There are many great sports cars on the market today, and many are still offered with a manual transmission. Enthusiasts prefer the feeling of connection that moving the lever gives, even if, realistically, the optional flappypaddle gearbox will result in faster gear changes and lap times.
Shifting is also a dying art. Long gone are the days of double-clutching and panicked hill starts, replaced by easy-to-use automatic rev matching and hill start assist. Purists might denounce such electromechanical trickery as somehow watering down the experience, but we applaud anything that keeps the stick shift in play as a viable option.
Sadly, while the manual hangs on in compact cars, it seems to be losing ground in the sports car market. The Alfa Romeo 4C is no longer offered with a stick. Neither is the Audi TT, not the Nissan GT-R.
On the bright side, Detroit has rediscovered the joy of shifting and American performance cars can be ordered with a clutch pedal.
Read on to find out which other sports cars can be had with a manual gearbox.
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Porsche 911 Carrera
Driving a Porsche 911 should be on everyone’s “Automotive Experiences to Have Before You Die” list. And while we love the PDK paddle-shifter and would never set a lap time without it, there is no better feeling than the Teutonic precision of a Porsche seven-speed manual gearbox.
The opening foray into 911-land is the Carrera, resplendent with a 370-horsepower twin-turbo flat six, rear wheel drive (just as the good Spaghetti Monster above intended), and a stick shift.
For an added thrill, slip behind the wheel of the 450-horsepower, all-wheel drive 911 Carrera 4 GTS (shown).
And for the penultimate blast, try on the 911 GT2 RS.
Chevrolet Corvette ZR1
Speaking of seven-speed manual gearboxes, Chevy went a little nuts this year and decided that 755 horsepower and 715 lb-ft of torque was a perfectly reasonable amount to shove in a Corvette.
The front-engined GT has a 6.2-liter supercharged V8 fed by both both primary direct and supplemental port injection. Four new radiators were added along with 40 percent more airflow to keep it cool. A similar setup was used in the original Death Star, but engineers found it to be “a bit much” so they downgraded to nuclear reactors for the rebuild.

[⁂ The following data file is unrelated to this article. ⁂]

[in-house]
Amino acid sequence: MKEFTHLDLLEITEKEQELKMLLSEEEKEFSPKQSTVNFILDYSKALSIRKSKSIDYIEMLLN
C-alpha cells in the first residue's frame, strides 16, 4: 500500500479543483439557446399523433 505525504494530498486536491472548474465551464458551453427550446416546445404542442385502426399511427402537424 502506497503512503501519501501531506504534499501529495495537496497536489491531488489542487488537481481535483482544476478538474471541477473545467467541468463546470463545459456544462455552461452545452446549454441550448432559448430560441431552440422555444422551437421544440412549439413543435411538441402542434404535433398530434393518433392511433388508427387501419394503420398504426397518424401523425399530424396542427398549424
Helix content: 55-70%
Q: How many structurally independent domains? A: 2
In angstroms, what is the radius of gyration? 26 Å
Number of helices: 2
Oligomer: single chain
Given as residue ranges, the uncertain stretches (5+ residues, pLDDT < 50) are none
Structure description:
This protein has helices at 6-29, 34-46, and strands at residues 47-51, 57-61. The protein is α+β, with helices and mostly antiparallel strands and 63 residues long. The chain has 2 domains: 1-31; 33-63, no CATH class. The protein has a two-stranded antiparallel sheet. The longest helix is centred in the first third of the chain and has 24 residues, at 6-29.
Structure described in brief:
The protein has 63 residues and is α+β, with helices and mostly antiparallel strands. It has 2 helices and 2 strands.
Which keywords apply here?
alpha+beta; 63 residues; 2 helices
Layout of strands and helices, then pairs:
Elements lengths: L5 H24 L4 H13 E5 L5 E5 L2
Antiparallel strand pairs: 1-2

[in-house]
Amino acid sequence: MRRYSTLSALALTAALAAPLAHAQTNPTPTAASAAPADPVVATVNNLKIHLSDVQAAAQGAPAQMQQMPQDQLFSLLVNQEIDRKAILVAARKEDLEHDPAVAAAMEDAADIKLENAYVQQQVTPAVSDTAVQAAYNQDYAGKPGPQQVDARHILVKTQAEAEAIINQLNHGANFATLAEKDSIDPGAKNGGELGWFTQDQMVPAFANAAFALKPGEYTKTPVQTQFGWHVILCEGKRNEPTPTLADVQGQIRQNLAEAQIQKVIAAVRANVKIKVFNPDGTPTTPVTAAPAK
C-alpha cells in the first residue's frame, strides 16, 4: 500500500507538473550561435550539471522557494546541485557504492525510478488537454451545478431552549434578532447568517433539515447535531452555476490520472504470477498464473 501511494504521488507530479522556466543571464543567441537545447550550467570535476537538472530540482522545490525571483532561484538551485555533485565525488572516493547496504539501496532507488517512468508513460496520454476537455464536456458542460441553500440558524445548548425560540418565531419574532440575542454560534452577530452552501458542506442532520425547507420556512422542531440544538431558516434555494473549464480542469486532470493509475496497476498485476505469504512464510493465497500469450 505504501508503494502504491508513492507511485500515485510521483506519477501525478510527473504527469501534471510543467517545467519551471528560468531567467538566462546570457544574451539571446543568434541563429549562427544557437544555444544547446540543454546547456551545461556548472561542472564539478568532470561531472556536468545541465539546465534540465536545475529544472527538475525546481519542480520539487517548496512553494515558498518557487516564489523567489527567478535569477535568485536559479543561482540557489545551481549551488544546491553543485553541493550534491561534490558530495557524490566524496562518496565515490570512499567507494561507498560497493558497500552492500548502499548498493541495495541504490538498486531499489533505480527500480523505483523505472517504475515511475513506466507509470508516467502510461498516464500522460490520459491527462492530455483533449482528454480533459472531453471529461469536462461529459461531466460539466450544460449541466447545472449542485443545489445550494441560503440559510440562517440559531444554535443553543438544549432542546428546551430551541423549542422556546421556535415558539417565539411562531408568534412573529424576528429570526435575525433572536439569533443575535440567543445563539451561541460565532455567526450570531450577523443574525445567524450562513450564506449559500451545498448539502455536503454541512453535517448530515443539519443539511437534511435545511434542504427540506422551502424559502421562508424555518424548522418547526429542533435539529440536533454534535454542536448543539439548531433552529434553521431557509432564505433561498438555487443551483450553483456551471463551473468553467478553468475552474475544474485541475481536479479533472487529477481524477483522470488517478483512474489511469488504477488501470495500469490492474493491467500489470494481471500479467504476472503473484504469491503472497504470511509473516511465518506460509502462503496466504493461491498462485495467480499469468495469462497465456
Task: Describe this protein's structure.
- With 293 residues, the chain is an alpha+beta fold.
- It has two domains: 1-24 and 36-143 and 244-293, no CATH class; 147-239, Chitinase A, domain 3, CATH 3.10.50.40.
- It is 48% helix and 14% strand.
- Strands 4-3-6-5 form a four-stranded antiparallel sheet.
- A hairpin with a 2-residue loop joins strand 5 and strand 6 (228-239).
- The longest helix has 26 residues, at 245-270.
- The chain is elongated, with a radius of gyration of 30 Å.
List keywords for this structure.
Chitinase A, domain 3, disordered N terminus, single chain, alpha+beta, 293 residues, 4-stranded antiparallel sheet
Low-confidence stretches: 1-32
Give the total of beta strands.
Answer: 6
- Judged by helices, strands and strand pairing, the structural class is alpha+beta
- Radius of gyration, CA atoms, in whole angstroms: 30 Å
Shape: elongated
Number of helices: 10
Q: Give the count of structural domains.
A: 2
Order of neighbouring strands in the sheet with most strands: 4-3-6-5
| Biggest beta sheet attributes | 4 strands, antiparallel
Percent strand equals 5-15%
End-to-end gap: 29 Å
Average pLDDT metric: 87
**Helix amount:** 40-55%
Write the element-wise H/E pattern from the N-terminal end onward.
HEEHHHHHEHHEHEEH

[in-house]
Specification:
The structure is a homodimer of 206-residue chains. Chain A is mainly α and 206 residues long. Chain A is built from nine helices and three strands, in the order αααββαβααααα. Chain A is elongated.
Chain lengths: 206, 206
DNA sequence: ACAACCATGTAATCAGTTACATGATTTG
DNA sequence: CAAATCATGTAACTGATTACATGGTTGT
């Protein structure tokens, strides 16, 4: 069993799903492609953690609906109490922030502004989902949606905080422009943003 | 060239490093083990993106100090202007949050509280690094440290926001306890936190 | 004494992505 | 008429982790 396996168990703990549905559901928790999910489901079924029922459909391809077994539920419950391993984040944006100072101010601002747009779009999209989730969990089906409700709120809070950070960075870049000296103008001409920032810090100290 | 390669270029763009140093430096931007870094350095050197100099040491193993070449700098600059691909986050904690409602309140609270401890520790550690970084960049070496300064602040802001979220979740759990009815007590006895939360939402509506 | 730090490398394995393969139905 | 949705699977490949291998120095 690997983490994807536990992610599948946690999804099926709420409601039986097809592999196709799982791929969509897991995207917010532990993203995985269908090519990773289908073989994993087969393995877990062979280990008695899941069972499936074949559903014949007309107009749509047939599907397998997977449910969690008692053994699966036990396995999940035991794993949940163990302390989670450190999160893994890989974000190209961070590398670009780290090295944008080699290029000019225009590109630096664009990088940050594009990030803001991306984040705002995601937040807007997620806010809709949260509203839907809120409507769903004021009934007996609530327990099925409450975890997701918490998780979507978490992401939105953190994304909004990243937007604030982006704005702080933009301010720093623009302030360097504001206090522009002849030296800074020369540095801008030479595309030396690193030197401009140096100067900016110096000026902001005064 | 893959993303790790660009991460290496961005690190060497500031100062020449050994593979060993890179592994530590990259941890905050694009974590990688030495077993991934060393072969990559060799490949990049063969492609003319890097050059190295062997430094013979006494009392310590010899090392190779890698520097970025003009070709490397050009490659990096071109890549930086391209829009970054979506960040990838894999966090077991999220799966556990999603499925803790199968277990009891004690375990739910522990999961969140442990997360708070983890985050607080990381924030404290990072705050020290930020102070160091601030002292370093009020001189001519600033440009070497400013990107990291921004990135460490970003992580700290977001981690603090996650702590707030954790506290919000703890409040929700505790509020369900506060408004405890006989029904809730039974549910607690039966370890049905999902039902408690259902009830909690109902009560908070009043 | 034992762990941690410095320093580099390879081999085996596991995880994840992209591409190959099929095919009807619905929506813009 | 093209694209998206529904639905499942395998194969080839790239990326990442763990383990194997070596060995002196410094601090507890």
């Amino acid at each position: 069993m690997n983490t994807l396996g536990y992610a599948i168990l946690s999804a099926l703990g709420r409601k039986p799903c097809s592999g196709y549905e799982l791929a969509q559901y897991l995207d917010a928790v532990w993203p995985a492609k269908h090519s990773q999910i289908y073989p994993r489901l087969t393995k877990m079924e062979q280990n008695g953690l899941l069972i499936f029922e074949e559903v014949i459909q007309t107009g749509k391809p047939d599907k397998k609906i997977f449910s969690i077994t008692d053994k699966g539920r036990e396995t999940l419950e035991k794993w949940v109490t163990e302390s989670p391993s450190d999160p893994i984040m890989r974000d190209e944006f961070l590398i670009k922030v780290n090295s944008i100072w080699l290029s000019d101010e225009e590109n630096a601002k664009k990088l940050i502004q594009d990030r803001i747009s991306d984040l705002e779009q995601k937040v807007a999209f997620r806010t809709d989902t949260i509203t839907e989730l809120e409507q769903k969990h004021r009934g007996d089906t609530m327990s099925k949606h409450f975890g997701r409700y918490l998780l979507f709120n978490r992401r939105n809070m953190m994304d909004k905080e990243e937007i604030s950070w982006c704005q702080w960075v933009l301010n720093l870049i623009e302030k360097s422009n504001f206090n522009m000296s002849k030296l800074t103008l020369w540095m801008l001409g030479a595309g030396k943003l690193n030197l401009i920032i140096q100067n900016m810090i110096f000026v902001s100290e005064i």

Power is laid down to the rear wheels through a seven-speed manual gearbox with active rev matching
Mazda MX-5 Miata
There are few automotive creations more delightful than the Miata. Perfectly balanced, it’s a joy to drive. The 181-horsepower engine now revs all the way up to 7,500 rpm, lovingly harnessed by a six-speed manual.
Autocrossers and track rats will love the fact a limited slip-differential is available on upper Club and Grand Touring models, along with sport suspension and a front shock tower brace. Purists will love any example they can get their hands on, as long as the top is down and the road ahead is winding.
Honda Civic Type R
Hot hatch heads bow their heads in reverence at the mere mention of the latest generation of Honda Civic Type R. The 2.0-liter turbo four up front boils out 306 horsepower and directs it to the front wheels via a six-speed manual with adjustable automatic rev matching.
Adjustable suspension with active dampers work in tandem with the powertrain to make the Type R a track day demon. The compact Honda hatch holds records at Spa, Silverstone, Magny-Cours, the Nurburgring, and many others.
And the smaller third exhaust pipe in the middle? A resonator to enhance sound.
For 2019, Ford has added automatic rev matching to the six-speed found in the Mustang GT. The ‘box uses an aggressive first gear and short throws to manage the
460 horsepower and 420 lb-ft from the 5.0-liter V8.
A manual is also used across the model range, from the entry-level EcoBoost up to the coveted Bullitt.
There are two hard and fast rule in automotive writing. Number one: never ride shotgun with a car’s owner; you will wind up in a ditch. Number two: never sit next to a Porsche purist at a dinner party; you will be harangued all night on the subject of “The Only Real Porsche is the 911.”